I’d like to share with you tonight a quirk that’s wriggled its way into our modern English language. It’s so insidious that you’ve surely used it today without even noticing it. I’ve found it to be equal parts amusing, fascinating, and frustrating. Ever since I read about it, I’ve caught myself using it multiple times a day, in all settings–social and professional.

Alright, I’ll cut the suspense–it’s the paradoxical construction of “yes” plus “no” to emphasize the last part of the phrase. It sounds more confusing than it is.

Here are some examples:

Elizabeth: Don’t you like dancing?
Darcy: No, totally.

Katniss: Would you like some berries?
Peeta: Yeah, no.

Out of context, it may sound bizarre. But if you take note, as I have (inconveniently), you’ll hear it ALL THE TIME in conversation–I’d say only verbal, not written, at this point.

The phenomenon was recently explored at length in The New Yorker article, “What Part of ‘No, Totally’ Don’t You Understand” and more concisely in NPR’s “No, Yes, Definitely: On the Rise of ‘No, Totally’ As Linguistic Quirk.”

According to both, we’ve set this problem up for ourselves as the English language has evolved. As in many other current languages, English used to have a four-part positive/negative answer system. However, we’ve dropped down to two, causing us, perhaps subconsciously, to compensate for the meaning emphasis by combining the words.

NPR explains:

Schulz [in The New Yorker article]…found out that the English language used to have more options than just “yes” and “no.”

There were four options, to be precise: “yes,” “yea,” “no” and “nay.” She writes:

” … ‘nay’ was used to respond to positive statements or questions, while “no” was reserved for contradicting anything phrased in the negative.

Is the Tabard open?
Nay, it closed at midnight.
Isn’t Chaucer meeting us here? 
No, he went home to bed.”

So, there you have it! Tell me, dear readers–have you noticed yourself using this habit lately? I’m not arguing against it; in fact, Schulz argues that sometimes, using both words increases clarity of meaning, or at least adjusts intensity. I agree with that! It’s just very interesting the way it’s sneaked into our language–unnerving, perhaps, to a writer who takes great efforts in being deliberate in her word choices. ;) Can I get a “No, totally!”? ;)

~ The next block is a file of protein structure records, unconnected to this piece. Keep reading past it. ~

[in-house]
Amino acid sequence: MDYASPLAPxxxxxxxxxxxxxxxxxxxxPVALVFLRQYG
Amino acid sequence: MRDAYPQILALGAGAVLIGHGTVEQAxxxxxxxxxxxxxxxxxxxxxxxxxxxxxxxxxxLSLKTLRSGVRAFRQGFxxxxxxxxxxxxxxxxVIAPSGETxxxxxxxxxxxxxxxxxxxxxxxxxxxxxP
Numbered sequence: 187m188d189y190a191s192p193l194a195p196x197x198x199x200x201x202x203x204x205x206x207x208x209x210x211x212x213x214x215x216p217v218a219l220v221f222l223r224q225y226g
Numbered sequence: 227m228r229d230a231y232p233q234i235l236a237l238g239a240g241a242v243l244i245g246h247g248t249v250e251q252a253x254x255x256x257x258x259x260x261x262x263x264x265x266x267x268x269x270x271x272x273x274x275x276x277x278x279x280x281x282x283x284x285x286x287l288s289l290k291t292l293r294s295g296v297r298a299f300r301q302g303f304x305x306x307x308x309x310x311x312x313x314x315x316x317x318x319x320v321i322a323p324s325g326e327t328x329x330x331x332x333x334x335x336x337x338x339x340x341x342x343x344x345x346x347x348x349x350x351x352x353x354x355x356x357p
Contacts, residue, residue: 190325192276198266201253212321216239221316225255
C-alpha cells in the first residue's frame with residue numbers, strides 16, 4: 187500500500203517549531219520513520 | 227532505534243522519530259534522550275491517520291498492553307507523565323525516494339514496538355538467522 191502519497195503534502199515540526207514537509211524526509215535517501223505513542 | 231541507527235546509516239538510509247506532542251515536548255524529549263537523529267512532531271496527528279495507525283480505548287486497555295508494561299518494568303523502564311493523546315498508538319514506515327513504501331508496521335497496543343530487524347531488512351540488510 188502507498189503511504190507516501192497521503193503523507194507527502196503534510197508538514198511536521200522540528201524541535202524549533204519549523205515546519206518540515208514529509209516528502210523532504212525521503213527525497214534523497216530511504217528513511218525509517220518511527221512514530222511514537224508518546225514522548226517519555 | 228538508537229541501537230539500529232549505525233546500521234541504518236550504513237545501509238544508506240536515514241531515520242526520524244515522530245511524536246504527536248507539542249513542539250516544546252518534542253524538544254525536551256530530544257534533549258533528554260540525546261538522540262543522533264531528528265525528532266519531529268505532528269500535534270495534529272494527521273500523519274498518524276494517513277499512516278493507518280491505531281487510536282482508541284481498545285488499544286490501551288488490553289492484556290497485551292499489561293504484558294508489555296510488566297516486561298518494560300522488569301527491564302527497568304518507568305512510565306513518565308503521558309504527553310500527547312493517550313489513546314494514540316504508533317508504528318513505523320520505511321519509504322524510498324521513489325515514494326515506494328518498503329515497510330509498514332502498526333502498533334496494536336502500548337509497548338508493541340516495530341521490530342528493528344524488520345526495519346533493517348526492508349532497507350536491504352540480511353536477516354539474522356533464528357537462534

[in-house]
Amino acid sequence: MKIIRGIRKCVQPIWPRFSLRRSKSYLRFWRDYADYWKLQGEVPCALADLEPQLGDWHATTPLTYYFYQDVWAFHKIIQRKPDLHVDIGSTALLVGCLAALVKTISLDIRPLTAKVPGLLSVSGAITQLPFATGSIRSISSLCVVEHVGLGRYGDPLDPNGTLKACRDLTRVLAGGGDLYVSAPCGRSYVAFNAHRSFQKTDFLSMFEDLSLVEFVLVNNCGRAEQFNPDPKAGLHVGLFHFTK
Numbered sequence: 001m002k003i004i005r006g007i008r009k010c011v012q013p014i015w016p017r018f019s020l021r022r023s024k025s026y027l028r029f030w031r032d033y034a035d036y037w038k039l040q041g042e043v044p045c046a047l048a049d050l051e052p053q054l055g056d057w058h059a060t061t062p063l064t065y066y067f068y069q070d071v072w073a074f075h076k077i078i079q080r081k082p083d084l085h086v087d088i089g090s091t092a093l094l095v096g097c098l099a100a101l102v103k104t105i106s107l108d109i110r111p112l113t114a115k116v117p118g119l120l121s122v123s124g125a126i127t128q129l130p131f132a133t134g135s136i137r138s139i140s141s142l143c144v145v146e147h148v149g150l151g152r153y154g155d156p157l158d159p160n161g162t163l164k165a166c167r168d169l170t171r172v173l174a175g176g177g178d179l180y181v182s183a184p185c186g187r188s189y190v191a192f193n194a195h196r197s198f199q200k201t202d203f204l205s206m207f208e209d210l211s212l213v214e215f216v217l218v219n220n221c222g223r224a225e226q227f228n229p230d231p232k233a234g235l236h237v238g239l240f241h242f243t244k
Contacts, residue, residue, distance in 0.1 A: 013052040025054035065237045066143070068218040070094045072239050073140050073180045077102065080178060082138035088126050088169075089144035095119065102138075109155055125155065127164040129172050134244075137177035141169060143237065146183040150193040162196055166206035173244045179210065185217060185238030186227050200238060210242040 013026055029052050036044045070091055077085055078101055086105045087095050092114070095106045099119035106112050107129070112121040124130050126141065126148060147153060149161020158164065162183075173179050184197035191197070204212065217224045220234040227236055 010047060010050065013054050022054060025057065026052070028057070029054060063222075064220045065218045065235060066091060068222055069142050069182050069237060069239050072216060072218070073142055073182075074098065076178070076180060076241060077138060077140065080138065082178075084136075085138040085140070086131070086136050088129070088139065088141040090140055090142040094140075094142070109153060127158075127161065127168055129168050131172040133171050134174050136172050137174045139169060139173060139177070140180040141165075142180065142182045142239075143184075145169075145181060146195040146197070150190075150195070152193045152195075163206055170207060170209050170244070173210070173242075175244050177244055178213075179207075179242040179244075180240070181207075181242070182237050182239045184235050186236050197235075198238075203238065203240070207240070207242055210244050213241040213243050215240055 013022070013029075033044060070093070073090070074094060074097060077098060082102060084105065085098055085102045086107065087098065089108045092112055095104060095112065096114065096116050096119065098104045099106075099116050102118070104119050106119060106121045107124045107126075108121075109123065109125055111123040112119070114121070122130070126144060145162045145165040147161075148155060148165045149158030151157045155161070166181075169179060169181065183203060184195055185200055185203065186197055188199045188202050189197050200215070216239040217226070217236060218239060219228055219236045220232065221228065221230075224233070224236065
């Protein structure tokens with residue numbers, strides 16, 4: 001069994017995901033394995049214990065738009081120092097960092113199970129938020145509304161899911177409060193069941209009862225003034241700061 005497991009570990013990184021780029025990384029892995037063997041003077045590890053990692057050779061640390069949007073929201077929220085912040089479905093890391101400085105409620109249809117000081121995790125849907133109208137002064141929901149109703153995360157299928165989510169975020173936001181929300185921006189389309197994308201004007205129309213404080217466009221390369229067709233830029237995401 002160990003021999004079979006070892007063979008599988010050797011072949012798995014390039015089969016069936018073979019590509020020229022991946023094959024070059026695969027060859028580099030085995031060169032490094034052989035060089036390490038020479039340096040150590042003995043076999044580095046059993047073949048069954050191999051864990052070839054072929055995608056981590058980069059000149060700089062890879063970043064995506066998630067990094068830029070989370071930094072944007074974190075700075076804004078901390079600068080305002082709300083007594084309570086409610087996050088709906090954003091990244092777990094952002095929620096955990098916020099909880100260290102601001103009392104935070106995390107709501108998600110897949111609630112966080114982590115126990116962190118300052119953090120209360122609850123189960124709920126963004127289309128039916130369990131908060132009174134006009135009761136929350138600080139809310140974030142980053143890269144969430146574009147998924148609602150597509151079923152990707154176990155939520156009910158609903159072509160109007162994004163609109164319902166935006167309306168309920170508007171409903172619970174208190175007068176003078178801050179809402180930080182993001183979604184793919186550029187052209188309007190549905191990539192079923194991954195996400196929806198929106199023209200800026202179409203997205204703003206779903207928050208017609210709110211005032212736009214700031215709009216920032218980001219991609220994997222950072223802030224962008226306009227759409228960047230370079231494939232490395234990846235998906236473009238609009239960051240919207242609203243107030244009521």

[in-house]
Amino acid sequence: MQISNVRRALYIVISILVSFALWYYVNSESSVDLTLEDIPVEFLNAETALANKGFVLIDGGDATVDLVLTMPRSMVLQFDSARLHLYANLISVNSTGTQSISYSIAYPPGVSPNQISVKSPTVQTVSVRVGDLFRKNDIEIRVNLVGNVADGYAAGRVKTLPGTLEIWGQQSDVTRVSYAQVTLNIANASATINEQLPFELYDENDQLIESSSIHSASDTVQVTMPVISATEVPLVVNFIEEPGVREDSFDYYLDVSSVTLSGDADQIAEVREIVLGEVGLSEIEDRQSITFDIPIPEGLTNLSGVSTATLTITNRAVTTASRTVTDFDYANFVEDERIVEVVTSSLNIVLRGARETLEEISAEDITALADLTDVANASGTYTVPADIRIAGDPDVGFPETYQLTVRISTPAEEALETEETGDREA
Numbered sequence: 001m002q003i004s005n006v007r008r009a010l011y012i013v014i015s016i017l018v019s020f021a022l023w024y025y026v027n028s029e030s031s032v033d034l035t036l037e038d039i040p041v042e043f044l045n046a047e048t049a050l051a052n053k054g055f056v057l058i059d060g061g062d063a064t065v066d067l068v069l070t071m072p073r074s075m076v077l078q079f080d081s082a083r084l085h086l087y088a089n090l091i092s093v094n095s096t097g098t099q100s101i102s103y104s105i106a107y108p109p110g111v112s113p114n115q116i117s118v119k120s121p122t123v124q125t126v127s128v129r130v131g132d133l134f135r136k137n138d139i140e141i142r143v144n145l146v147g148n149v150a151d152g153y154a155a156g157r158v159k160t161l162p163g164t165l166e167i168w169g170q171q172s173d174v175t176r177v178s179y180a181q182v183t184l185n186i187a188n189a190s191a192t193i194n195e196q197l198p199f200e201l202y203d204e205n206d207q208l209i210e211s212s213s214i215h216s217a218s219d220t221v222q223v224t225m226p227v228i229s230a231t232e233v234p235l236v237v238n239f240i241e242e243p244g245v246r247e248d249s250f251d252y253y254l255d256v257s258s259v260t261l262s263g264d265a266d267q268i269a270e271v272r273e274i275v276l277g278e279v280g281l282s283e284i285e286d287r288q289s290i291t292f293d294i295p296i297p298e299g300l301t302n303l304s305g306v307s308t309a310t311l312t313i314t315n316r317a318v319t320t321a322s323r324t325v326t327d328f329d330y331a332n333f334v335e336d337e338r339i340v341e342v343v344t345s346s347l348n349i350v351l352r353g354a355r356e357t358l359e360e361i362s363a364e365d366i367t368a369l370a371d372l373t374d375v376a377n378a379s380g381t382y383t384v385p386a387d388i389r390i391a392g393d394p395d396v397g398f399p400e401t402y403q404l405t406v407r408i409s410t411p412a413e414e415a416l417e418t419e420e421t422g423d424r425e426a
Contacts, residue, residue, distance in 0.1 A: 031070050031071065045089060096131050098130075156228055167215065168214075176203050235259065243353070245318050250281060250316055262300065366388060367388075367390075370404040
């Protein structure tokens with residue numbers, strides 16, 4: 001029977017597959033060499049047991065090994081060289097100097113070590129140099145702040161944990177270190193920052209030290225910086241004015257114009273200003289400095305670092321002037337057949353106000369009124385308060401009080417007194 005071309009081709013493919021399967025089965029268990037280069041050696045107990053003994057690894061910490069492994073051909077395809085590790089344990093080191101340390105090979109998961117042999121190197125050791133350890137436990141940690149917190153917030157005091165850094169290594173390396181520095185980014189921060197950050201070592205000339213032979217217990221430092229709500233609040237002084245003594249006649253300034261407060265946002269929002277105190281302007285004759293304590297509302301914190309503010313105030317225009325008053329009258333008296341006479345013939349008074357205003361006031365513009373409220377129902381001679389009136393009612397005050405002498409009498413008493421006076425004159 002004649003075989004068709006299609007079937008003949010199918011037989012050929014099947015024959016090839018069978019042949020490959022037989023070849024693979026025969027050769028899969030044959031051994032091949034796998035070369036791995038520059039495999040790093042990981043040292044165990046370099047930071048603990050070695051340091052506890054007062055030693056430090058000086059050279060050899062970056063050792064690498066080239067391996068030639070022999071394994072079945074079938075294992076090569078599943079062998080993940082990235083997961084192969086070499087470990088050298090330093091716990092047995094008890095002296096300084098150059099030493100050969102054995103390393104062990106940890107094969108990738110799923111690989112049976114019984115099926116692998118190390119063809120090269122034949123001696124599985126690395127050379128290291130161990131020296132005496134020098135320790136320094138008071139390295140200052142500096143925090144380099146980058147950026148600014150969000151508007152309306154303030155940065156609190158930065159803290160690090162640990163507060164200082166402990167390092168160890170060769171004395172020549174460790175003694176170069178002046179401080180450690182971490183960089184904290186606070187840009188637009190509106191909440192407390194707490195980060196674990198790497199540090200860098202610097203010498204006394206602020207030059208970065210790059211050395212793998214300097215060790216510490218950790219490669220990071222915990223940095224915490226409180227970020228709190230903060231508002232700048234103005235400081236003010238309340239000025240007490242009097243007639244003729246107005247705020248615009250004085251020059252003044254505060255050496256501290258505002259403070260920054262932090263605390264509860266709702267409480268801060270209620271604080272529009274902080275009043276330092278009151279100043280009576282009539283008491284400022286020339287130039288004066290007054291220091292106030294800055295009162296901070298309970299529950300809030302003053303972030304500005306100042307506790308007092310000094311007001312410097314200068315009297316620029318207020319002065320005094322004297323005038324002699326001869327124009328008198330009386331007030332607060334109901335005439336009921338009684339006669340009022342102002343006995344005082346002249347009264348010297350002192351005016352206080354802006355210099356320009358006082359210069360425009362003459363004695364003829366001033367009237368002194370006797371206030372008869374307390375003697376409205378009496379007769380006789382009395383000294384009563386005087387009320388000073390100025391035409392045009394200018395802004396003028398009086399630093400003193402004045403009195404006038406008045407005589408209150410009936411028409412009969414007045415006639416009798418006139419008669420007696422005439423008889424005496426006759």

Women Warriors–Literary Match-Ups

Hello, dear readers!

Imaginary battles between established have been a thing since action figures were invented–OK, maybe since imagination was invented. So while they’re certainly not new, this one, in particular, caught my eye.

Cage Match 2015 Round 3: Susan Sto-Helit vs. Alanna Trebond

This is a pretty neat concept: pitting literary heroines/#StrongFemaleCharacters against each other. This is my second round of voting, although the match is in round three at the moment. Each round on Suvudu features a story describing the battle and predicting the winner of the match.

Round 3 pits Tamora Pierce‘s Alanna Trebond vs. Sir Terry Pratchett’s Susan Sto-Helit. I will forever be partial to Tamora Pierce, but Pratchett’s recent passing and enormous fandom may tip this match in his favor.

Click here to see the match-up schedule.

Whom would you vote for, readers? Better yet–go cast your vote, then leave your decision in the comments. :)

Happy St. Patrick’s Day: Top Ten Quotes from Irish Authors

Jelly-Side Up:

Happy St. Patrick’s Day, dear readers! To celebrate, I’m reblogging last year’s Top Ten Irish Author Quotes. Also, I’m posting Oreo’s official St. Patrick’s Day photo (edited courtesy of Jennifer):

Originally posted on Jelly-Side Up:

Happy St. Patrick’s Day, dear readers! Pardon the pause in entries here–I’ve been sick and busy and finally well again–but I missed you! <3

St. Patrick’s Day is a beloved holiday, celebrating the patron saint of Ireland on the date of his death in the 5th century. I had no idea how much mythology had eclipsed the facts in popular customs, and that evolution of how stories grew into beliefs is just as fascinating as the stories and facts themselves. Many traditions actually began in America, some as a way for Irish immigrants to celebrate their nationality. Check out History.com’s brief video on that evolution here.

One of the traditions that started centuries ago was wearing green clothing on St. Patrick’s Day. As you know by now, I can never resist an opportunity to dress festively, so here was my business version of that today–complete with Facebook’s “emerald”…

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Happy Pi Day–Pi and Prejudice

Happy Pi Day! According to piday.org:

Pi Day is celebrated on March 14th (3/14) around the world. Pi (Greek letter “π”) is the symbol used in mathematics to represent a constant — the ratio of the circumference of a circle to its diameter — which is approximately 3.14159.

Celebrations for this holiday have really picked up over the last few years. When I stumbled across this one on Buzzfeed, I found my new favorite:

If You Aren’t Having A “Pie And Prejudice” Party On Pi Day You Are A Dummy

It’s like a drinking game, but with pie and Pride and Prejudice. How else are you supposed to celebrate 3/14?!

What is Pie and Prejudice, you ask? Well, it's like a drinking game, except with pie!

Make sure to check out the whole list of hilarious instructions on how to celebrate. As a lover of both Pride and Prejudice and pie (and even, at times, pi), I am excited at the idea! However, I’ll have to enjoy it vicariously through you all, since I gave up sweets for Lent. :'( Or maybe I can just substitute fruit for pie…which just sounds so much less satisfying, but I’m sure the film would be sweetness enough…right? :-|

Are you planning to celebrate Pi Day, dear readers? If so, how? Please share your plans in the comments below! :)